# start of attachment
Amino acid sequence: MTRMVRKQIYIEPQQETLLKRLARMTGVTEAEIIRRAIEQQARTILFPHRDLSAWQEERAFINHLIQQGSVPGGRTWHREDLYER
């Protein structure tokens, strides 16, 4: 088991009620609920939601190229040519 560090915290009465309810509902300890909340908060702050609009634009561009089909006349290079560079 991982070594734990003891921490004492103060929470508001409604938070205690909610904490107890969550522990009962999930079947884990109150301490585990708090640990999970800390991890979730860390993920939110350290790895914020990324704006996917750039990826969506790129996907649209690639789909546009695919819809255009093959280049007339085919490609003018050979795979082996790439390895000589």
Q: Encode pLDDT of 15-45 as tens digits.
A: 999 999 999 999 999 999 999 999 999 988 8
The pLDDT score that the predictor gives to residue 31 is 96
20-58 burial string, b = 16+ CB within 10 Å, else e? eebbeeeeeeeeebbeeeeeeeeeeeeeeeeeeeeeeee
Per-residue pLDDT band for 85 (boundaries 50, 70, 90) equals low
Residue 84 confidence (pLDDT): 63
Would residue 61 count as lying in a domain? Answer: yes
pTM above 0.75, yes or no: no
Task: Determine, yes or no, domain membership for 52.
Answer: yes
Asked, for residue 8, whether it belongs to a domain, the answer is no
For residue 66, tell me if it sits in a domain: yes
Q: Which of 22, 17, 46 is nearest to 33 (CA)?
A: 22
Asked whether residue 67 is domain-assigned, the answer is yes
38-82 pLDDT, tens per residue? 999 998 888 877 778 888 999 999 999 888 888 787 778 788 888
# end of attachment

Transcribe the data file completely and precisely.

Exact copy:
Amino acid sequence: MTRMVRKQIYIEPQQETLLKRLARMTGVTEAEIIRRAIEQQARTILFPHRDLSAWQEERAFINHLIQQGSVPGGRTWHREDLYER
């Protein structure tokens, strides 16, 4: 088991009620609920939601190229040519 560090915290009465309810509902300890909340908060702050609009634009561009089909006349290079560079 991982070594734990003891921490004492103060929470508001409604938070205690909610904490107890969550522990009962999930079947884990109150301490585990708090640990999970800390991890979730860390993920939110350290790895914020990324704006996917750039990826969506790129996907649209690639789909546009695919819809255009093959280049007339085919490609003018050979795979082996790439390895000589």
Q: Encode pLDDT of 15-45 as tens digits.
A: 999 999 999 999 999 999 999 999 999 988 8
The pLDDT score that the predictor gives to residue 31 is 96
20-58 burial string, b = 16+ CB within 10 Å, else e? eebbeeeeeeeeebbeeeeeeeeeeeeeeeeeeeeeeee
Per-residue pLDDT band for 85 (boundaries 50, 70, 90) equals low
Residue 84 confidence (pLDDT): 63
Would residue 61 count as lying in a domain? Answer: yes
pTM above 0.75, yes or no: no
Task: Determine, yes or no, domain membership for 52.
Answer: yes
Asked, for residue 8, whether it belongs to a domain, the answer is no
For residue 66, tell me if it sits in a domain: yes
Q: Which of 22, 17, 46 is nearest to 33 (CA)?
A: 22
Asked whether residue 67 is domain-assigned, the answer is yes
38-82 pLDDT, tens per residue? 999 998 888 877 778 888 999 999 999 888 888 787 778 788 888